Searching for biological analogies appropriate for design problems is a core process of biologically inspired design (BID). Through in situ observations of student BIDs, we discovered that student designers struggle with two issues that bookend the problem of search: design problem formulation, which generates the set of conditions to be used for search; and evaluation of the appropriateness of the retrieved analogies, which depends both on problem formulation and the retrieved analogy. We describe a method for problem formulation and analogy evaluation in BID that we call the Four-Box method. We show that the Four-Box method can be rapidly and accurately used by designers for both problem formulation and analogy evaluation, and that designers find the method valuable for the intended tasks.

Topics: Design , Students
Commentary by Dr. Valentin Fuster
J. Mech. Des. 2014;136(11):111107-111107-7. doi:10.1115/1.4028170.

Inherent in biologically inspired design (BID) is the selection of one or more analogs from which one or more strategies are extracted and transferred into the engineering domain. The selection of an analog is a fundamental step in biomimetic process, but locating relevant biological analogies can be challenging. Often, designers may fixate on an analogy or choose an established analogy without rigorous examination of alternatives. This practice is problematic—as basing a new design on an invalid assumption can lead to suboptimal results. This paper makes contribution to evaluation of analogy utility. The contribution is made by combining stochastic multicriteria acceptability analysis (SMAA) with a set of criteria, derived from BID, to assist multidisciplinary decision makers (DMs) in evaluating candidate design analogs. The resulting framework, which we call the biotransferability framework, is being developed to assist multidisciplinary teams to choose, rank, or sort candidate design analogs by assessing biology-to-engineering transfer risk.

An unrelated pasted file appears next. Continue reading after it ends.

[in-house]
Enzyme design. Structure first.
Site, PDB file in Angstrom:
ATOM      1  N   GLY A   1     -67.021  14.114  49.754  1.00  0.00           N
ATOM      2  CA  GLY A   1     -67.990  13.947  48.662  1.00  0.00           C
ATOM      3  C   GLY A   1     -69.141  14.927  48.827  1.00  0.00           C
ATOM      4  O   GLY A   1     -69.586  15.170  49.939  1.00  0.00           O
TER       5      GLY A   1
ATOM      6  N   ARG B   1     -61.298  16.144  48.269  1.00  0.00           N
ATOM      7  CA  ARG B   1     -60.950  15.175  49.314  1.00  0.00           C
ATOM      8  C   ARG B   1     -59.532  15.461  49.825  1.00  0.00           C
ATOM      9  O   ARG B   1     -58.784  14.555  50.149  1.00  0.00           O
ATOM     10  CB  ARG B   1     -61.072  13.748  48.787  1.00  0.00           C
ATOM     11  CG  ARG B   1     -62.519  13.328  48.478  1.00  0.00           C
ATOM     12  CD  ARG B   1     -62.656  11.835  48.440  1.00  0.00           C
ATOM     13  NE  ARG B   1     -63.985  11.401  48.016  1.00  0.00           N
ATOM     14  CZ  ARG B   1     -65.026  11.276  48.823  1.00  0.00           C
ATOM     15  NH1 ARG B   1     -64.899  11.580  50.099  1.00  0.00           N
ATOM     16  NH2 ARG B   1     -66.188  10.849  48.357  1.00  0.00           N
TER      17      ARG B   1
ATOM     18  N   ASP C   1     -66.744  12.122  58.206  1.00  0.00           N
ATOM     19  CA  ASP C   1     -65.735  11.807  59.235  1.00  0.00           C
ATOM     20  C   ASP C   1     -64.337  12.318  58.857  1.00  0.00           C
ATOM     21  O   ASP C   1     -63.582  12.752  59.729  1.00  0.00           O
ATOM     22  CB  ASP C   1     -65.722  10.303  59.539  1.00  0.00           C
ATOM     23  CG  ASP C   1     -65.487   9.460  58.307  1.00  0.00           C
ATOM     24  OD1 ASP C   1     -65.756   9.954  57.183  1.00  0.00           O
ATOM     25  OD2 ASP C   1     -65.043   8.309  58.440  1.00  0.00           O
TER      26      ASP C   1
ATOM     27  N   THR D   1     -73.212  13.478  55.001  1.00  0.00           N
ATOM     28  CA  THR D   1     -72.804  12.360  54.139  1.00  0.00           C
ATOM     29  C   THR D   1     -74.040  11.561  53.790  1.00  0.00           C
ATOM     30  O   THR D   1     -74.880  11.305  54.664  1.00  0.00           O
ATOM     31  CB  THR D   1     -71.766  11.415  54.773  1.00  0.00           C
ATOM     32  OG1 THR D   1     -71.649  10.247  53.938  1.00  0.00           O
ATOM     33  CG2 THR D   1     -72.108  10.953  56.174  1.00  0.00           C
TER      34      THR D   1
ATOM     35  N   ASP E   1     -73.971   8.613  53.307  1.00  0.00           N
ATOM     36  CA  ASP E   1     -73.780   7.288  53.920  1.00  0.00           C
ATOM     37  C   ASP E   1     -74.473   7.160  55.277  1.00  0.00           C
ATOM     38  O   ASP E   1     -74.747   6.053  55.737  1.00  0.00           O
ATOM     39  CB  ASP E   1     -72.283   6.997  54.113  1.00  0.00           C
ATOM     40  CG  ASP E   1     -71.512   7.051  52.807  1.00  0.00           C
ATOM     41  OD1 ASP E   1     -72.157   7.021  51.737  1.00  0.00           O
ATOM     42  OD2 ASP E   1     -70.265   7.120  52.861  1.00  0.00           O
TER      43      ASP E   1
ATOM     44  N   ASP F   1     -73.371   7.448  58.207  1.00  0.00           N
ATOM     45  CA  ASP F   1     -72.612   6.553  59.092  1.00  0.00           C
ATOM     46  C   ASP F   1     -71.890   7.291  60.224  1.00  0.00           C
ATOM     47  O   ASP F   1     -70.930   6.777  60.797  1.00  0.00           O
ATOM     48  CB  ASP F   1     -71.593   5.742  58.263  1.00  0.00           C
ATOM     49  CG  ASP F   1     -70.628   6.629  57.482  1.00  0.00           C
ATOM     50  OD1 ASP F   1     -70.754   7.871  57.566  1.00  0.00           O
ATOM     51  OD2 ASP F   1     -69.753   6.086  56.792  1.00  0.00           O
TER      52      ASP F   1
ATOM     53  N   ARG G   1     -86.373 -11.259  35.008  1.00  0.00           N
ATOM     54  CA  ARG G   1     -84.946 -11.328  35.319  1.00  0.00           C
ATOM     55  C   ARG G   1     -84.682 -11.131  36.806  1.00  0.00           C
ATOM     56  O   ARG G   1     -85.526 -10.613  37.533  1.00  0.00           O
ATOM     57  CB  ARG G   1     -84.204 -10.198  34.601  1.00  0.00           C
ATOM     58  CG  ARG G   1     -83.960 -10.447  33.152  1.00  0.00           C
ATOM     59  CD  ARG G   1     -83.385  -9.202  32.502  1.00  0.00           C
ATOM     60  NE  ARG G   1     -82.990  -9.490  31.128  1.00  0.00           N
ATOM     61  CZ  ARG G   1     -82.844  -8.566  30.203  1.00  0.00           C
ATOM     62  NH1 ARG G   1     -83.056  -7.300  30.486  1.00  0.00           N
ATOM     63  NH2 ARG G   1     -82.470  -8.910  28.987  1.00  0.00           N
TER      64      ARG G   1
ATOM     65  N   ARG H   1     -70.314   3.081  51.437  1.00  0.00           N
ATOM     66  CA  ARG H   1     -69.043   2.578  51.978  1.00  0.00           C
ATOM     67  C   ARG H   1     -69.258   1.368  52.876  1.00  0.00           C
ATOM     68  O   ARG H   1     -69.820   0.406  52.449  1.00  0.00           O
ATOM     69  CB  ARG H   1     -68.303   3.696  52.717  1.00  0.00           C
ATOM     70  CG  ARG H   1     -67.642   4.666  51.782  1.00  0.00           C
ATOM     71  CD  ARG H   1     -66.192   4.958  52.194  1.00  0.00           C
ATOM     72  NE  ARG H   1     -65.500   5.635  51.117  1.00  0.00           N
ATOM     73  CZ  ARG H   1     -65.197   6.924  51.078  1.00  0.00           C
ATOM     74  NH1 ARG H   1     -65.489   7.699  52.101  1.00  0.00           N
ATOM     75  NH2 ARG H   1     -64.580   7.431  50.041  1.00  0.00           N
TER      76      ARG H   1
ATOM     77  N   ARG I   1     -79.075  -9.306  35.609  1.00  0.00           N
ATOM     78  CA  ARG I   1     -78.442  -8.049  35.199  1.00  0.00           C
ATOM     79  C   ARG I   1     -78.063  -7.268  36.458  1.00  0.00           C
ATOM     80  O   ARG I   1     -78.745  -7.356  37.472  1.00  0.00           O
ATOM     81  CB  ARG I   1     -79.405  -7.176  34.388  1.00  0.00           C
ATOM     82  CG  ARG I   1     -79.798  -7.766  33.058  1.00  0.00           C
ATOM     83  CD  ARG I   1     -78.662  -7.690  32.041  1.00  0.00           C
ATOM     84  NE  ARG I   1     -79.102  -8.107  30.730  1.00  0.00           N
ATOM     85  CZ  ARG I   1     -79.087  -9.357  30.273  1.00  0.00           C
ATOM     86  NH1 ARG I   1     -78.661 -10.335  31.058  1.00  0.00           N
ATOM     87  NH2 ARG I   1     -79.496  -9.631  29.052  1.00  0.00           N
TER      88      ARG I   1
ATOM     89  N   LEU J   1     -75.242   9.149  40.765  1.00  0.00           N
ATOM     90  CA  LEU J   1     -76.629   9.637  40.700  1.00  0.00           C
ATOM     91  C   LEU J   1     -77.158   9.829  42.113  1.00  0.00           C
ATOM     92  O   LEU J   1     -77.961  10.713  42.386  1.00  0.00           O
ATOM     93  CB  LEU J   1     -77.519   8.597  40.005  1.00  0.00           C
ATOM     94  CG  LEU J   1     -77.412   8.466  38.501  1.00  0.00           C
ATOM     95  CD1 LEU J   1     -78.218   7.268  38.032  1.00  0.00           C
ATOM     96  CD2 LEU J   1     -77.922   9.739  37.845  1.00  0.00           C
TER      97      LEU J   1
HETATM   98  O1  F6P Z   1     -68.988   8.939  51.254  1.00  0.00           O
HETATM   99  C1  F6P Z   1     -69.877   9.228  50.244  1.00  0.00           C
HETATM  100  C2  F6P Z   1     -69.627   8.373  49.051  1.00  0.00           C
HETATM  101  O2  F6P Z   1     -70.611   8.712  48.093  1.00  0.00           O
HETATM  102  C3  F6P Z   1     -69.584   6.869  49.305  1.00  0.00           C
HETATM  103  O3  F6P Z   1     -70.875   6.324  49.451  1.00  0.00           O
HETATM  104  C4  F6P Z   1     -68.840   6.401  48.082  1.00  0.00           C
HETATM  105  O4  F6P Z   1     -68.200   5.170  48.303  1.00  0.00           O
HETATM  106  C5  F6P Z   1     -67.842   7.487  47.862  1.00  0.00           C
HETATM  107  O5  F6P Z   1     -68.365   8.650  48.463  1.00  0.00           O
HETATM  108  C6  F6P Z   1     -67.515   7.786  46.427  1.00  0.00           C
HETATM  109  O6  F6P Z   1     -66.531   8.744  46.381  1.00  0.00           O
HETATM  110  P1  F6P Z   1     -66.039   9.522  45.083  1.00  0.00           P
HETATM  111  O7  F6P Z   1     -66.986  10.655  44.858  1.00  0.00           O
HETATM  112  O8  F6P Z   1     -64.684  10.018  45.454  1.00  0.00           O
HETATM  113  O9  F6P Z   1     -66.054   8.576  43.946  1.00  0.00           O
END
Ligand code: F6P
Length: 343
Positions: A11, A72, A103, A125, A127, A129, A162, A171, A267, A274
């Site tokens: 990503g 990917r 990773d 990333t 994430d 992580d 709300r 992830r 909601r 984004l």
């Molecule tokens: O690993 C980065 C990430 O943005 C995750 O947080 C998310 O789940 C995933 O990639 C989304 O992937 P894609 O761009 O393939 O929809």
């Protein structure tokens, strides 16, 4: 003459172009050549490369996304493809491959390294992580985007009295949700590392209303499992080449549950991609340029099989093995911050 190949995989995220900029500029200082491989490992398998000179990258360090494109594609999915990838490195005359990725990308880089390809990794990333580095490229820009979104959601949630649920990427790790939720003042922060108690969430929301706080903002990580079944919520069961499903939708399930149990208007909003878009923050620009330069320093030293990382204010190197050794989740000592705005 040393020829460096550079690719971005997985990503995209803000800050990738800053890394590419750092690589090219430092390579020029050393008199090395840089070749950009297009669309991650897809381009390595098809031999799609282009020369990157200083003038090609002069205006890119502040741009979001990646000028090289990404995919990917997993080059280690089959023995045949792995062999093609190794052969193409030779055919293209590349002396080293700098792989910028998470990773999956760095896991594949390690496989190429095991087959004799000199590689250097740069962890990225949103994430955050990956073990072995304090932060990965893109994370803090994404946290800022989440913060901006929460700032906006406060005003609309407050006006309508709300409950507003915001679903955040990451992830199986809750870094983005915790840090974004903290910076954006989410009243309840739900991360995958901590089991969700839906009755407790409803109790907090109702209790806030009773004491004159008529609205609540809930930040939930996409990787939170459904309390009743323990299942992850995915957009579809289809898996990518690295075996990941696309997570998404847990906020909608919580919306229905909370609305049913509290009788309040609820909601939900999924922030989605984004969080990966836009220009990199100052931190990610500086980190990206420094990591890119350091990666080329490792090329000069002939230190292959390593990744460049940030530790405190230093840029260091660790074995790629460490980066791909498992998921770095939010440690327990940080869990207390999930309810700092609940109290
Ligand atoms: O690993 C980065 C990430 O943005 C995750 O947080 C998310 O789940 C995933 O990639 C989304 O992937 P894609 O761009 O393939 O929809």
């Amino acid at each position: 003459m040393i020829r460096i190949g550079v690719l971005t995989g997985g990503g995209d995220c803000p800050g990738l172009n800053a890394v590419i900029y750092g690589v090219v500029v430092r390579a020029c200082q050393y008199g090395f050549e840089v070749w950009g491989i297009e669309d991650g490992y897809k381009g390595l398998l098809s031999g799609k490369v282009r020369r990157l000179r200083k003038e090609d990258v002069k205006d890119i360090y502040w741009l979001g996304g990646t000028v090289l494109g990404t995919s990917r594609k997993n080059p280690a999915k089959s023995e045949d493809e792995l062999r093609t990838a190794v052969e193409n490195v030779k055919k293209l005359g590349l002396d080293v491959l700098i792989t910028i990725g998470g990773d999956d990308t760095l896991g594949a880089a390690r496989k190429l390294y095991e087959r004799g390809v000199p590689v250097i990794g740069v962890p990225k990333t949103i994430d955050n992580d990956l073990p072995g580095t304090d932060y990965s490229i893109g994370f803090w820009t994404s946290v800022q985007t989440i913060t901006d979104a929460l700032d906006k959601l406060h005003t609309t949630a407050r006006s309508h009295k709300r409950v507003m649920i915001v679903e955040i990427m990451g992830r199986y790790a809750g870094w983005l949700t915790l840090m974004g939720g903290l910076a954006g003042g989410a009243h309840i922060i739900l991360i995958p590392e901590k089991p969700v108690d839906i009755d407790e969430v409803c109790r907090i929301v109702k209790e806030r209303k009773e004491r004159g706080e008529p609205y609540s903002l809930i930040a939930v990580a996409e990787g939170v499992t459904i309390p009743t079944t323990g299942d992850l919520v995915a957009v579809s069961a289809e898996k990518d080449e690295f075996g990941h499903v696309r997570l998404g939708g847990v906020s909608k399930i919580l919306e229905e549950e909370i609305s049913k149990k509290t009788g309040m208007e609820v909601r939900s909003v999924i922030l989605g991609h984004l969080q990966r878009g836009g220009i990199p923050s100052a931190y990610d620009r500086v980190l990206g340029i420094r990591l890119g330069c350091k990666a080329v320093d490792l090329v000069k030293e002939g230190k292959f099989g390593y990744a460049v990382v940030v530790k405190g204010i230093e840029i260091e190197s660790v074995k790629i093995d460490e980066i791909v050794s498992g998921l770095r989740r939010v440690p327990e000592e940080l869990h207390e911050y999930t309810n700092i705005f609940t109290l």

Topics: Design , Biology , Risk , Teams , Shells
Commentary by Dr. Valentin Fuster

Research Papers: Empirical Studies

J. Mech. Des. 2014;136(11):111108-111108-11. doi:10.1115/1.4028169.

Understanding the relationships between structures and functions is important for engineering design in general and for biomimetic design specifically. In nature, different structures provide a wide range of functions efficiently and with minimal costs. Based on the analyses of 140 biological systems that are derived from biomimetic sources by a TRIZ based method, we provide a list and examples of structure–function patterns that repeat in biomimetic applications. These patterns are presented through a technical lens and a complete system model, serving as engines or brakes of the biological system, exploiting energy sources or blocking them, respectively. This list of patterns serves as an index of clues that open doors for further investigation of the complexity of these relations. Understanding the mechanisms behind these meta-level patterns is required for a successful biomimetic design process. The list provides both keywords for biological databases search and clues for abstraction of biological texts. The TRIZ based method that has been used for this study can be further used for modeling other biological systems during the abstraction stage of the biomimetic design process. Thus, we offer a bridge between biology and technology and set a foundation for a new biomimetic design method.

Commentary by Dr. Valentin Fuster
J. Mech. Des. 2014;136(11):111109-111109-13. doi:10.1115/1.4028100.